Talk Story with Hawaii Governor Neil Abercrombie and State Finance Director Kalbert Young
Photos: David Croxford
As Abercrombie heads into an election year, Hawaii Business met with him and Young to ask how their policies affected local businesses and about their plans for the future.
In our December 2013 BOSS Survey, we asked business leaders if your policies helped their businesses, hurt them or didn’t matter. What’s your view?
Abercrombie: Sometimes in business discussions, people complain that government is interfering with business. Until, of course, it comes to: “What can you do for us?” I’m not saying that in a mean way. Quite the opposite. It confirms the positive role government should play, not only in the economy, but in the community as a whole.
People say, “Why can’t government run more like a business?” But government is a business. We’re repaving the highways, investing in the airports and harbors, improving transportation. You have to take care of those issues that individual businesses, large as they might be, can’t handle on their own. Nor should they, because the common interest has to be taken into account.
What are this administration’s biggest successes?
Abercrombie: Fiscal responsibility. That’s what this administration has been most successful at. We came into office, in 2010, when there were Furlough Fridays, rising unemployment and steadily deteriorating confidence in the economy. Almost immediately, we were able to turn that around.
Didn’t you benefit from lucky timing as the economy improved?
Abercrombie: Where timing is concerned, time management is everything. For example, we said it was time to stop kicking the state’s unfunded liabilities down the hill and to fund the unfunded liabilities that threaten to cripple the state’s economy. We decided it was time to stop deficit spending in the state’s budgets. It was time to stabilize the economic situation so we could go to the credit-rating agencies and show that we had stopped the deteriorating fiscal situation and that the state had the capacity to carry out its responsibilities and meet its obligations.
We had some very hard choices to make. We had to get savings from labor. We did that. We had to get healthcare-premium savings from the public sector. We did that. We wanted to restore the state’s rainy day fund and the hurricane fund. We’re doing that. We felt we could not get a good credit rating and get the lowest possible interest rates if we didn’t stabilize the state’s budget and address the question of our unfunded liabilities. We did all those things. As a result, the credit-rating agencies went from negative, to stable, to positive. Almost immediately, then, we were able to have a positive bond selling. For almost 18 months, I had deliberately held off going to a bond issue so that we would be able to have a very favorable climate. Because of that, we were able to get huge savings, not just for today, but to invest in the future.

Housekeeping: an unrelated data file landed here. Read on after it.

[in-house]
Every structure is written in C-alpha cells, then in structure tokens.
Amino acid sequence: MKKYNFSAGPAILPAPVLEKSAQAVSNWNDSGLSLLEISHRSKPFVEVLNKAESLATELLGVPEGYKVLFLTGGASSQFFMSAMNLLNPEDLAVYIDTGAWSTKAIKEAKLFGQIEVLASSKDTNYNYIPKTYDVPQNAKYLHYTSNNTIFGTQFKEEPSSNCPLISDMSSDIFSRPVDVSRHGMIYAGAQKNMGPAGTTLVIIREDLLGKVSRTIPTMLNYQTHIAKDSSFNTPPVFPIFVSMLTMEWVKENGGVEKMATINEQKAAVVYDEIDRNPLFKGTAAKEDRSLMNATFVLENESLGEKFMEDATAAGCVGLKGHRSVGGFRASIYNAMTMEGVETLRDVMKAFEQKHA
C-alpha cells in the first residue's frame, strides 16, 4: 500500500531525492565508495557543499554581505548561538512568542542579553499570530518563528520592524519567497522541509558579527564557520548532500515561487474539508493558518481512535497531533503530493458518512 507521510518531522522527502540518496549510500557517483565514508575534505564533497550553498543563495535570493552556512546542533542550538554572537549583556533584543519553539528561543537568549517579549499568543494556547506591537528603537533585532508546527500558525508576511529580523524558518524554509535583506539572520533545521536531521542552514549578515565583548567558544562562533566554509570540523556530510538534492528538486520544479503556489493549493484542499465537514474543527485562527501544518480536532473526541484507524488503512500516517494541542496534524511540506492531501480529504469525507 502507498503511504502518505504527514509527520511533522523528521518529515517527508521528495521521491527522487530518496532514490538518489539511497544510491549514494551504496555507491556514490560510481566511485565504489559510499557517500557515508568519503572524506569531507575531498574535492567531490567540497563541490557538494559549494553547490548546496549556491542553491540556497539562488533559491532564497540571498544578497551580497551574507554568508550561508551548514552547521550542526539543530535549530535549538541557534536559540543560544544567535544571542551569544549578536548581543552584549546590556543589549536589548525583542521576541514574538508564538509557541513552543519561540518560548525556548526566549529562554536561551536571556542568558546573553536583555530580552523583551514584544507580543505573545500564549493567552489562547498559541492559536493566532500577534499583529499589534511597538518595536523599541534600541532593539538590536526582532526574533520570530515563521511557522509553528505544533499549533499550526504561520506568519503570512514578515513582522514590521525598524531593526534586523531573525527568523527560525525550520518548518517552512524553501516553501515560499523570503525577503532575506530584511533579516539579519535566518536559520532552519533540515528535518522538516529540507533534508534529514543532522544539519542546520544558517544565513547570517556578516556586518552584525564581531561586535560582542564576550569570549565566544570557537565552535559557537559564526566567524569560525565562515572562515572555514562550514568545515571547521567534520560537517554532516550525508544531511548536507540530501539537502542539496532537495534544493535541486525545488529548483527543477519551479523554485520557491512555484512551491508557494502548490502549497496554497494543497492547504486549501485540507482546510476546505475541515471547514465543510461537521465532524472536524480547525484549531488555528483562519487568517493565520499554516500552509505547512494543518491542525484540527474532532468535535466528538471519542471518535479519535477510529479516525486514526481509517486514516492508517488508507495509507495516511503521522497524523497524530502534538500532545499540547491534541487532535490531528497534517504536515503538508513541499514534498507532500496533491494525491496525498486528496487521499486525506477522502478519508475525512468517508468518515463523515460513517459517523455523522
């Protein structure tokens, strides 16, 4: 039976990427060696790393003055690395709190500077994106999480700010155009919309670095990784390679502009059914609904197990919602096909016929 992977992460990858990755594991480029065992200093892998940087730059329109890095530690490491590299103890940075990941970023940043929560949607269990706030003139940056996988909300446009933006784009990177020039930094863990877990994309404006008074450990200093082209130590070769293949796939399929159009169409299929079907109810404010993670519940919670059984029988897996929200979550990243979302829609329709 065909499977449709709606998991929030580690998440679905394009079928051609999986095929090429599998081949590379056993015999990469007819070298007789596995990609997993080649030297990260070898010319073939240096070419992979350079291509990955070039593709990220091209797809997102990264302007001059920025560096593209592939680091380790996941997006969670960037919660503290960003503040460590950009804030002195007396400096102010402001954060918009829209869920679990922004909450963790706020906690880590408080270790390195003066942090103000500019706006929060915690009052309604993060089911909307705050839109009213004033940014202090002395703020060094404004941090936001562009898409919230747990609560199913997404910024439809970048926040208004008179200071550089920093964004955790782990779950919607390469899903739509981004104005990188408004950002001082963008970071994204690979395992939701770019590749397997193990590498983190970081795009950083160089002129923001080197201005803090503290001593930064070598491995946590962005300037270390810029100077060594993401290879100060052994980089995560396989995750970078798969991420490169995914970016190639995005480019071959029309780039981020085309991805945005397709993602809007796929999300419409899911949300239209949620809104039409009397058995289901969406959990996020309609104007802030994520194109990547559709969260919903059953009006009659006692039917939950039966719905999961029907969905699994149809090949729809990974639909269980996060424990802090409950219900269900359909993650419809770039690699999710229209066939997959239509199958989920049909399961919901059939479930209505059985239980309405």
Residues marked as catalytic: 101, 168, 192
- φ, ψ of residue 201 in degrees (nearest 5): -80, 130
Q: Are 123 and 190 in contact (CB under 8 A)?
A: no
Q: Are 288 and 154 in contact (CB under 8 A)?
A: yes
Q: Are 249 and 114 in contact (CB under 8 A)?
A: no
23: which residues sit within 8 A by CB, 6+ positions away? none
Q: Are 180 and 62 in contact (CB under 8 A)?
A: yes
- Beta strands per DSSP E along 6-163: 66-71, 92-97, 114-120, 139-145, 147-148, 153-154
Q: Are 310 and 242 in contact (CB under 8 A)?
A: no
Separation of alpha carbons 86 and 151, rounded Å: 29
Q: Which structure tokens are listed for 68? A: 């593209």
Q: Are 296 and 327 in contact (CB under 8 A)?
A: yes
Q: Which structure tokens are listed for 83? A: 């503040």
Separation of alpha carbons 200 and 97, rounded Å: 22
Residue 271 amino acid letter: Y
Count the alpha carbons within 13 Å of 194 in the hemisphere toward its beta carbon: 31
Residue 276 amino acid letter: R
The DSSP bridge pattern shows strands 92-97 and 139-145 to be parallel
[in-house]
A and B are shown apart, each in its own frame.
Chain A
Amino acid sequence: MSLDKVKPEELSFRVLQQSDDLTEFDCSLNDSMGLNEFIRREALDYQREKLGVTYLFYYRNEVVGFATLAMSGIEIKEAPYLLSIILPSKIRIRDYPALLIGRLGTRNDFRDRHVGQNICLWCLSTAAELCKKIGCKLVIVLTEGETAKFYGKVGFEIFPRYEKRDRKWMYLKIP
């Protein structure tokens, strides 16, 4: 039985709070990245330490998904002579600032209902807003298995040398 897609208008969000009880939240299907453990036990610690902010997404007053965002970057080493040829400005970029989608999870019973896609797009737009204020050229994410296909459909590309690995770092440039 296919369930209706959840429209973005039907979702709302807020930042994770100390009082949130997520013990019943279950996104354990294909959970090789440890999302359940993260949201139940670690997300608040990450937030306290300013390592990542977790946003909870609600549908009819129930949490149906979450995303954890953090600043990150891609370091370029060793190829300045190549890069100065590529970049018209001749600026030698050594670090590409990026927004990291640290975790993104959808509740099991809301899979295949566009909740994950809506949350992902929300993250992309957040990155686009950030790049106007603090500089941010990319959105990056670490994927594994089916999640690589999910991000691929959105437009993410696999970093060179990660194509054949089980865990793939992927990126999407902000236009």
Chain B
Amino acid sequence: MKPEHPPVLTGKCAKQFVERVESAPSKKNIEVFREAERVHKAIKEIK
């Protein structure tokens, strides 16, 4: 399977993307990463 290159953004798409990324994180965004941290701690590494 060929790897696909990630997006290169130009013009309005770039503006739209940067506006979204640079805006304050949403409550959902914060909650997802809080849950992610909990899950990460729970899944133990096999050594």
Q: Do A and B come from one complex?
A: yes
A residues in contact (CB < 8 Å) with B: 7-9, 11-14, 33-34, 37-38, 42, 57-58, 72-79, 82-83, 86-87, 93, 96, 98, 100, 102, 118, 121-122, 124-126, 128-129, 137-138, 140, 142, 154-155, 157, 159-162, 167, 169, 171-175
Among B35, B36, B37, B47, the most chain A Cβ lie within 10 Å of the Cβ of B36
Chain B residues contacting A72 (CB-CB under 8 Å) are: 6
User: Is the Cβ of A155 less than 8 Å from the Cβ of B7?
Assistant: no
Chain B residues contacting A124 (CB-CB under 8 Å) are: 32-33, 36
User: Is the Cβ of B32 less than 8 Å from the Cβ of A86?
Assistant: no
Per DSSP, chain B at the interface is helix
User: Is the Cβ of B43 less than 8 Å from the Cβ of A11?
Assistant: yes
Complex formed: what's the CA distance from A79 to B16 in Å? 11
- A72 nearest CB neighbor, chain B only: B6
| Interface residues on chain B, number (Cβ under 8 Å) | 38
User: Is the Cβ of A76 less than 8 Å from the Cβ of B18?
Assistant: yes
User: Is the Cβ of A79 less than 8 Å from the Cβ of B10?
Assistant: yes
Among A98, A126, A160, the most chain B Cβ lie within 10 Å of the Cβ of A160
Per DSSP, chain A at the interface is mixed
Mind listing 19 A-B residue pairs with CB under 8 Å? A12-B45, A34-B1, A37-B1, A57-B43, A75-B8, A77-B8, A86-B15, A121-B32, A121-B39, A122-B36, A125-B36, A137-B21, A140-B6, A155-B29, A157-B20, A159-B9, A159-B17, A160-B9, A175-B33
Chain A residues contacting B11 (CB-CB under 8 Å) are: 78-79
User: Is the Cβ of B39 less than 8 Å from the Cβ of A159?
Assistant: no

The lack of public confidence is a residue of the way government used to work – but now confidence is improving. I think your BOSS Survey reflects that this lack of confidence is not only easing, it’s beginning to turn around. If that weren’t true, you wouldn’t have an unemployment rate that’s gone from over 6 percent to 4.4 percent (in October and November 2013), which is less than virtually anyplace else on the mainland. That means people’s confidence in our ability to deal with the economy is up. Businesses are hiring and retaining employees. Interest rates have kept improving. Of course, they’re low as a result of the recession and the policies of the Federal Reserve, but as interest rates tick up, ours in Hawaii are ticking up less.
Now, I’m being criticized for being too liberal or too conservative. They say, “How come you’re giving in to labor?” because I’ve restored pay levels for state employees. Or, “How come you’re being pro-business?” My answer is, it never was a question of being pro-labor, or pro-business, or anti-labor, or anti-business. It was always about what’s the right thing to do in terms of meeting government’s obligations, in terms of having the necessary revenues to do the business of government. Now, we have a situation in which a $200-million-plus deficit in 2010 has become, in 2013, an $844-million positive balance. Of course, that’s not cash in a drawer somewhere I can show you. What it says is that we’re paying our bills, staying ahead of the game, to the point where we can start restoring necessary services and making the investments that are deemed to be in the public interest.
For example, there are now 2,000 more students who will be entering public school than there were before. So, I’ve increased the money available for the weighted formula for students by $13 million. Someone will say, “You’re increasing spending,” but we’re really just paying all our bills and rebuilding our reserves. We’ve actually reduced spending, but we have to meet our increasing costs, too.
And it’s not just spending, it’s investing. We’re not just repaving H-1, we’re rebuilding it. We’re not just repairing and maintaining the airport, we’re building for the future. As a result, we’re able to not only meet our obligations and reduce our unfunded liabilities, but we’re also able to take care of the necessary costs of government without increasing taxes. Another example is having inspectors for things like invasive species, so that when something is imported or exported, we know it’s safe.